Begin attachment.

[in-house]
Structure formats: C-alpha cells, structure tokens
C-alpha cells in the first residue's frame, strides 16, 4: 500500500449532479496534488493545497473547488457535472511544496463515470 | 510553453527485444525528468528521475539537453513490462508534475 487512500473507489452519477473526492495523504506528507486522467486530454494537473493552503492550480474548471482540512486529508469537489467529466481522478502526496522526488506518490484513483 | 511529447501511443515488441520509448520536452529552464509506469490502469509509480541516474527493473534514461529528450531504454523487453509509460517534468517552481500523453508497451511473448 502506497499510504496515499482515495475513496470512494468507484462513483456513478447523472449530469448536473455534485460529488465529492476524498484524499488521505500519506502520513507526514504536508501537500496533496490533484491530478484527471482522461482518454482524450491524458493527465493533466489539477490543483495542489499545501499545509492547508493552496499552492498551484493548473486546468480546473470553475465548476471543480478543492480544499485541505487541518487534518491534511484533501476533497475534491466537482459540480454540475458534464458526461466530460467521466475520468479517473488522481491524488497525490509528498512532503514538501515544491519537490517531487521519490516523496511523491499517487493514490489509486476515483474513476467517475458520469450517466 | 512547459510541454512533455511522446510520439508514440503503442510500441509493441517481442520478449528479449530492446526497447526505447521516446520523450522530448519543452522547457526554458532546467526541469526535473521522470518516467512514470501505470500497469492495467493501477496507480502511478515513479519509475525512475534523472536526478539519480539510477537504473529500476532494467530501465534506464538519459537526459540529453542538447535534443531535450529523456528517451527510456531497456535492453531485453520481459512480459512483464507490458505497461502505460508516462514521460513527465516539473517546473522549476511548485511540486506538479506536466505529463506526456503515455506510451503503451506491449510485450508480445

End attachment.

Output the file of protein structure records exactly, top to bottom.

[in-house]
Structure formats: C-alpha cells, structure tokens
C-alpha cells in the first residue's frame, strides 16, 4: 500500500449532479496534488493545497473547488457535472511544496463515470 | 510553453527485444525528468528521475539537453513490462508534475 487512500473507489452519477473526492495523504506528507486522467486530454494537473493552503492550480474548471482540512486529508469537489467529466481522478502526496522526488506518490484513483 | 511529447501511443515488441520509448520536452529552464509506469490502469509509480541516474527493473534514461529528450531504454523487453509509460517534468517552481500523453508497451511473448 502506497499510504496515499482515495475513496470512494468507484462513483456513478447523472449530469448536473455534485460529488465529492476524498484524499488521505500519506502520513507526514504536508501537500496533496490533484491530478484527471482522461482518454482524450491524458493527465493533466489539477490543483495542489499545501499545509492547508493552496499552492498551484493548473486546468480546473470553475465548476471543480478543492480544499485541505487541518487534518491534511484533501476533497475534491466537482459540480454540475458534464458526461466530460467521466475520468479517473488522481491524488497525490509528498512532503514538501515544491519537490517531487521519490516523496511523491499517487493514490489509486476515483474513476467517475458520469450517466 | 512547459510541454512533455511522446510520439508514440503503442510500441509493441517481442520478449528479449530492446526497447526505447521516446520523450522530448519543452522547457526554458532546467526541469526535473521522470518516467512514470501505470500497469492495467493501477496507480502511478515513479519509475525512475534523472536526478539519480539510477537504473529500476532494467530501465534506464538519459537526459540529453542538447535534443531535450529523456528517451527510456531497456535492453531485453520481459512480459512483464507490458505497461502505460508516462514521460513527465516539473517546473522549476511548485511540486506538479506536466505529463506526456503515455506510451503503451506491449510485450508480445